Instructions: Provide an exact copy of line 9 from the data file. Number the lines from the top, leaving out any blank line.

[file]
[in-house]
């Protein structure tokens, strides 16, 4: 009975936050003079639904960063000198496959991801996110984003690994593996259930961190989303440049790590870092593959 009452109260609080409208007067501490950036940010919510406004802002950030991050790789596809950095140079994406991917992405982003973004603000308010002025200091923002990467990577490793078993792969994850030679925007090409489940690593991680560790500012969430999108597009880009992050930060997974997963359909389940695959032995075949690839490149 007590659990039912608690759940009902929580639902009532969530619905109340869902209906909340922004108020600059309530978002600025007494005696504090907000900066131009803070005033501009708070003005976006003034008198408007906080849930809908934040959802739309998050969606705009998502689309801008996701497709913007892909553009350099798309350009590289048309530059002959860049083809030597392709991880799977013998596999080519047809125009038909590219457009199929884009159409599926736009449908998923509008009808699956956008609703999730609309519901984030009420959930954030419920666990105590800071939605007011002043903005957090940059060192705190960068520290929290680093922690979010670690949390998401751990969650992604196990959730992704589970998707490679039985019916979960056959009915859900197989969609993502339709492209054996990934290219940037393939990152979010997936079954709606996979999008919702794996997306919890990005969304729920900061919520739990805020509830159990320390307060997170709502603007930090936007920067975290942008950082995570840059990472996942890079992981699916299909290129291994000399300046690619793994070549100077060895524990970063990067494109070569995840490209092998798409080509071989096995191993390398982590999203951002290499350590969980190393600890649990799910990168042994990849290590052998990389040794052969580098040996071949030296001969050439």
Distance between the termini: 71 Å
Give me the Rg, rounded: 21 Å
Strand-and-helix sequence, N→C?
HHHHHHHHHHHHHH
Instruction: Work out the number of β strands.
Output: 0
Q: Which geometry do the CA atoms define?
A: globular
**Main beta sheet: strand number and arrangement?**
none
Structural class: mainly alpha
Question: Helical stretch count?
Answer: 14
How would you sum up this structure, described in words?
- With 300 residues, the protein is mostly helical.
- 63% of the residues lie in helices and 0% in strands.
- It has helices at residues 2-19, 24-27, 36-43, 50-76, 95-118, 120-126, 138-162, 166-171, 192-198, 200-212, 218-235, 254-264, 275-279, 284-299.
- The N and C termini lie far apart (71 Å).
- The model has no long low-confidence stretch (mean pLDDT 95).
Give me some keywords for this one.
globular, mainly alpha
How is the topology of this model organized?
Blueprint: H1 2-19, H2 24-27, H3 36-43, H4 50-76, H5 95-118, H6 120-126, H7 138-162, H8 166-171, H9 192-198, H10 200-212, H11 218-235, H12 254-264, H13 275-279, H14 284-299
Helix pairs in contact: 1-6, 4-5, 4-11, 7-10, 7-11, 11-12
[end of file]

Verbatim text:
Q: Which geometry do the CA atoms define?